"Watch How God Defines Us"
Sermon Preached By Rev. Richard E. Stetler - 2/8/1998
Isaiah 6:1-8; Luke 5:1-11
Secondly, listen to how Paul saw himself. In this context he was describing why he should be considered as an apostle among the rest. He wrote, "Last of all, Jesus appeared to me -- even though I am like someone whose spiritual birth was abnormal. For I am the least of all the apostles -- I do not even deserve to be called an apostle, because in my past I persecuted the church."
In our Gospel lesson, we find our third response coming just after Peter and his partners caught so many fish that their catch almost sank their boats. Listen to how Peter felt when he perceived the power of Jesus, "When Simon Peter saw what had happened, he fell on his knees before Jesus and said, "Go away from me, Lord! I am a sinful man!"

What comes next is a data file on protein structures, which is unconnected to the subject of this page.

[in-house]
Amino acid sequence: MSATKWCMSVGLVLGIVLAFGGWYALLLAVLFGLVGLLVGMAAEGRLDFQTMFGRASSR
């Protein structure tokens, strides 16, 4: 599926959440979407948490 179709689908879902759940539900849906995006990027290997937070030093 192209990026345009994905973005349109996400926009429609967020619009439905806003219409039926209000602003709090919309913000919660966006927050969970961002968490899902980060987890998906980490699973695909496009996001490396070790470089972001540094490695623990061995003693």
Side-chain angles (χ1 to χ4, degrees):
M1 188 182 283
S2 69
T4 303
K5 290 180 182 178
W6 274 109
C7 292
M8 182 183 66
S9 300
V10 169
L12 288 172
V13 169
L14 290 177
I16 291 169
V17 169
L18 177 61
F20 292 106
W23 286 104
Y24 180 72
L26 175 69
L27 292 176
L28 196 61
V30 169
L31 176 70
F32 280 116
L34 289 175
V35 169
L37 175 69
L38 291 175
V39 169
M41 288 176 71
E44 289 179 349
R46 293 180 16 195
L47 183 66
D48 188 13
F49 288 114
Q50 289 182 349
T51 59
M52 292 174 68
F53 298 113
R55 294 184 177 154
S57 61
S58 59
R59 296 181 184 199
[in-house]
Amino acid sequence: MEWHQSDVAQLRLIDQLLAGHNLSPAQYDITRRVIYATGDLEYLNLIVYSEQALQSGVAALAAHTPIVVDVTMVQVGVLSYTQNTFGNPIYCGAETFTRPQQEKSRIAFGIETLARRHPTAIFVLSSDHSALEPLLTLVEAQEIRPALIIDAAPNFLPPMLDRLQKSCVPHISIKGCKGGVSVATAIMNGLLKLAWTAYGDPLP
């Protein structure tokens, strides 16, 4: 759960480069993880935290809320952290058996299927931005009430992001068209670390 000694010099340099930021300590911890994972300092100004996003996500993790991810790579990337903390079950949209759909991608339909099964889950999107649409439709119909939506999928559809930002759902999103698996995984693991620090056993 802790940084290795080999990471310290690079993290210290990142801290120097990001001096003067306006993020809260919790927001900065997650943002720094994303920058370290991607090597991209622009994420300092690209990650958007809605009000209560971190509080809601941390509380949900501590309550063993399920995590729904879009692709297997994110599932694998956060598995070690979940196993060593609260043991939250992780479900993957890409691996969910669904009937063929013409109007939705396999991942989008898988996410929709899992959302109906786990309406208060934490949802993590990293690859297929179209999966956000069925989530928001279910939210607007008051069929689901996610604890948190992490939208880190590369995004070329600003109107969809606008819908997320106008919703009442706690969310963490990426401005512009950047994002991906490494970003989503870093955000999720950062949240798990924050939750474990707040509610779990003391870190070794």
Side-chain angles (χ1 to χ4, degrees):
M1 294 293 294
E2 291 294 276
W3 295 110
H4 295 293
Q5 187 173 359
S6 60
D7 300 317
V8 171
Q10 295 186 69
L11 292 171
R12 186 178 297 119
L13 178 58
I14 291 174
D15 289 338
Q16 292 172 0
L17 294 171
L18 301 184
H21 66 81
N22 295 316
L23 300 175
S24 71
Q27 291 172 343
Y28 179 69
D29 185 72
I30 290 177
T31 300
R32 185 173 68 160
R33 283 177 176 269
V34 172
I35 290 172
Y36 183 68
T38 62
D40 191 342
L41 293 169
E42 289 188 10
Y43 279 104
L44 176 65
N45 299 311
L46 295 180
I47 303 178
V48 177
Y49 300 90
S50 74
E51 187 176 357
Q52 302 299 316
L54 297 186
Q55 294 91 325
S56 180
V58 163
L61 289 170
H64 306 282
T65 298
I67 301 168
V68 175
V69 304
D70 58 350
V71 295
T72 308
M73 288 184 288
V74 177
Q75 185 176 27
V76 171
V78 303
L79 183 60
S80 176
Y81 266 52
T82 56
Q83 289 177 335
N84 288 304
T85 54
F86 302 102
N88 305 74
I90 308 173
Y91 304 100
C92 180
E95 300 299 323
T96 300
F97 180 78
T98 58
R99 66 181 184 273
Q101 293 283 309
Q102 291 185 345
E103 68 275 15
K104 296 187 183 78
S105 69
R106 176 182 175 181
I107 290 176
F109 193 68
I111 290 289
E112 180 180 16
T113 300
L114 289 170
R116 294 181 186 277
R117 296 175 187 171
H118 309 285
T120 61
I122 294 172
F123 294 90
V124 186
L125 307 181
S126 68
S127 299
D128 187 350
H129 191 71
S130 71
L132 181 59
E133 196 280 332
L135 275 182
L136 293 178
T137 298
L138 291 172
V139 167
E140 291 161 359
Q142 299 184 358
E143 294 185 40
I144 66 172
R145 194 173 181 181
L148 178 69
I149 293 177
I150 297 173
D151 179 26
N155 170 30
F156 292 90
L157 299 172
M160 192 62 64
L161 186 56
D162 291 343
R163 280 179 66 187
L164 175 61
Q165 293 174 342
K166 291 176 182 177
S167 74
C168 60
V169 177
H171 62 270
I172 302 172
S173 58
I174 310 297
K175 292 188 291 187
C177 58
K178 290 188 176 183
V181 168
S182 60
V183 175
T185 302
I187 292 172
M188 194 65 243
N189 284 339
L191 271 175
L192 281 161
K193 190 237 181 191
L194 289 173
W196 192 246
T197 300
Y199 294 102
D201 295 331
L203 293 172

We can remember episodes in our lives that echo this identical theme. As with every growth or learning process, we often begin with a preoccupation with ourselves. Perhaps we remember such feeling when we brought our first child home from the hospital, or when we first sat down in front of a typewriter in Typing 101 and we saw that the keyboard was not even alphabetized, or we bought our first computer. We frequently have self doubts.
I remember when I was a Cub Scout, there were a number of times when our Cub pack would go on outings with the Boy Scout troop in our church. During one of those outings, I became paired with an Eagle Scout whose assignment was to teach me the art of tying knots. He had already mastered how to tie every kind of knot imaginable. He said to me, "It is not how many knots you learn to tie that is important. All you get for that is a merit badge. What is important to learn is what you want a knot to do for you." What a concept to a young impressionable mind!